I am currently a registered behavior technician at a wonderful program (MAP) nestled in the heart of North Carolina. Usually, when I tell someone what I do, their response is either an uncertain nod or a plain look of confusion. At that time, I break it down by saying, “Basically, I work with children who have autism."

Now, more times than not, the response I receive is along the lines of, “Wow, that's so amazing of you", or my personal favorite, “Good for you. I could NEVER do that."

I understand that working with special populations isn't for everyone, just like being a neurosurgeon isn't for everyone. But, working with special needs children doesn't make me a good person, a saint, or a hero. Every time someone tells you he/she is a teacher, do you gasp and express how much you could NOT be a teacher?

What about when you meet a pediatrician? These people work with children just like I do. I'm certain if you spent one day in my shoes you would see just how much you COULD do my job.

Maybe not all of the technical work, but after a day with these children, you would be humbled by how much you could learn from them.

After all, these children are just children. They want to be accepted just like every other child.

They want to be understood and to be part of a community just like the rest of us.

My job has given me the opportunity to get to know a handful of the more than 3.5 million Americans on the spectrum. I've gotten to know each of their personalities, their quirks, and what makes them unique. I can't help but imagine a world where everyone gets to know these individuals as I have.

A world where we accept all of those who might appear or act different from us and educate ourselves on these populations. A world where that education helps us see that they aren't so different from us after all.

Working with individuals with special needs doesn't make me a good person, because I do it for selfish reasons.

I work with them because I don't know what my life would be like without them. They have taught me so much and changed my life in so many ways. I get to play a small hand in these children's lives. I get to help them learn fundamental life skills you and I take for granted.

But, I also get to leave work every day having learned a lesson. These children have taught me to be a better version of myself and to appreciate even the smallest of things life has to offer. Each day they challenge me to laugh more, have more fun, and not take myself so seriously. They show me more love than I ever knew possible. Maybe it isn't with their words. Maybe it's with the smiles and giggles when we're singing their favorite song, or the way they look at me when they finally get something they have been working so hard to learn.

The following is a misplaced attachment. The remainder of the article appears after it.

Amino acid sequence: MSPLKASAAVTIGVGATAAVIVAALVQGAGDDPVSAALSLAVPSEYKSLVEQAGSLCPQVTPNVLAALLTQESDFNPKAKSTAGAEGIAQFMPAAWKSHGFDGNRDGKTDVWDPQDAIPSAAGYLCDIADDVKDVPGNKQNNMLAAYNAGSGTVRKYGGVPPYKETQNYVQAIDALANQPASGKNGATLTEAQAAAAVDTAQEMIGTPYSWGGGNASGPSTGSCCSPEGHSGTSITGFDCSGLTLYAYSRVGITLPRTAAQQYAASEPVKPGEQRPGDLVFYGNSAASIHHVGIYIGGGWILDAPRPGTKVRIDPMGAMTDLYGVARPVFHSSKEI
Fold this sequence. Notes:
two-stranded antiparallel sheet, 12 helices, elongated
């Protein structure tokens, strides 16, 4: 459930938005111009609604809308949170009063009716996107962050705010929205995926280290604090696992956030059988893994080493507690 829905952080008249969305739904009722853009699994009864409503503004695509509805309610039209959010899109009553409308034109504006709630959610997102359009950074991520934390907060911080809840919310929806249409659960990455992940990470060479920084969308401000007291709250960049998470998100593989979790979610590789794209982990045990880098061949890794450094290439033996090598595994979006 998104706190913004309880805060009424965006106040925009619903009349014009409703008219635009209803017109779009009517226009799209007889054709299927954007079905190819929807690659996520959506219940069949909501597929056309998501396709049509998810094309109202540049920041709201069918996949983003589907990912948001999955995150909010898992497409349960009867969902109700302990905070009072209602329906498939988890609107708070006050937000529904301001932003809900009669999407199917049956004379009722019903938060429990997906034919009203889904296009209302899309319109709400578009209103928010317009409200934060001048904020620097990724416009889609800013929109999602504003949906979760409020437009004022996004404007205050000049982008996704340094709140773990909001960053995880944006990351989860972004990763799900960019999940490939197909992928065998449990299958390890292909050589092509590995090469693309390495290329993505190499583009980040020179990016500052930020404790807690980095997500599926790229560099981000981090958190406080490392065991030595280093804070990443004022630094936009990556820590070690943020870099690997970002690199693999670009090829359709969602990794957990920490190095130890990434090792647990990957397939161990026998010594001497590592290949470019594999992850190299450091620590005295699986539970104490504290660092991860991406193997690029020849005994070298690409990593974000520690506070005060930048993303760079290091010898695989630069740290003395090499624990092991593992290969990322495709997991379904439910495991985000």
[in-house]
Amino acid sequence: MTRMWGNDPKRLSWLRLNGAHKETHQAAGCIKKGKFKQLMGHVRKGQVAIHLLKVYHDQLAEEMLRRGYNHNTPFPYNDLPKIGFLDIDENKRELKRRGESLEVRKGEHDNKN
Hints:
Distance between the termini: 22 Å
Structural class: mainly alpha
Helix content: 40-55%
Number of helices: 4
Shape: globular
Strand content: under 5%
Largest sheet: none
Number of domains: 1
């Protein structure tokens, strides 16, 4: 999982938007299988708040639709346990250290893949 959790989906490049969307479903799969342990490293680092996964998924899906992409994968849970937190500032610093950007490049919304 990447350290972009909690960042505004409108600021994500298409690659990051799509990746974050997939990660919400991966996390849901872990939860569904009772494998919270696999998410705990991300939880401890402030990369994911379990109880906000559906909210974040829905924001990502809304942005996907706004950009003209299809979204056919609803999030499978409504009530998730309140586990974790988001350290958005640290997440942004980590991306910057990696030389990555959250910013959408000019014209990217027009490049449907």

The hugs, the kisses, and the moments where our two worlds collide and we finally connect; these are the moments that remind me how much these children have to offer the rest of us. If only we would take the time to let them teach us, we would be more selfless, less judgmental, and have a greater appreciation for life.

April is National Autism Awareness Month.

My hope is that this month we work to spread awareness for Autism, as well as other special needs. We take this time to learn something new, to help educate others, and to stop looking at these individuals as though they need special people in their lives to help teach them and focus more on opening our minds to the things they can teach us.

Explore Odyssey's featured Autism Awareness content here.

Cover Image Credit: Katharine Smith

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Labor Unions Are Integral To Our Country, And They Need Our Help

Organized labor has been a staple of this country for generations, and its' decline is forever associated with various declines in our standard of living.


USW, UAW, Teamsters, AFSCME. Those may just sound like odd names to many, but to me and many American workers, they are the myriad labor unions that have been integral to our country and its' blue-collar population. They have helped in many ways to defend workers, give them good benefits plans, and to protect their salary and ability to work from corporations.

Now? They have been in decline for decades, and sit at just 10.7% of all workers according to U.S. government estimates. This is a remarkably low number for the United States' workforce and is also another sad part of the economic stagnation of the U.S. since union membership began to collapse.

It might seem a bit odd to believe that unions and income inequality would be linked: you would expect that, maybe as a gesture of goodwill, corporation executives might offer better benefits to retain talent.

This could not be further from the truth. Studies have indicated that unions have a positive effect from members to nonmembers.

In a study conducted measuring average household income from 1973-2015, researchers found that there was a robust correlation between income inequality and union decline. In fact, the study found that the wages of nonunion workers would have been 3-7% higher if union membership rates were noticeably higher.

This dramatic increase in income inequality can be attributed to multiple factors: increasing automation, workers being reduced to performing increasingly less-intricate tasks, outsourcing, college-degree preference and so on. However, as time has gone on and research has been conducted, unions have been shown to benefit society and counter income inequality via actions such as fighting for broader access to healthcare, which has been a key facet of income inequality.

Though unions are far weaker now than they have been historically, we have still seen their power: In Los Angeles, unions were able to help negotiate better pay and funding for school teachers. In West Virginia, unions were center-stage as the many teachers who wanted more money were granted by the governor.

As one can see, unions still have a part to play in our country and its' economy.

Unions remain integral to how we function. Without unions, many of the benefits, payment plans, and healthcare options would not exist. And that is why I am partial to unions: unions allowed for socioeconomic ascendancy, a better life for families, and a chance to live a good life despite not having the luxury of a college degree.

In a time where the world is saturated with degrees and not enough trade school workers, unions might just become essential yet again. I, for one, would welcome that. As a kid from Ohio, union workers are prevalent, and protecting them now and later is integral.

Support your local to rebuild the American dream.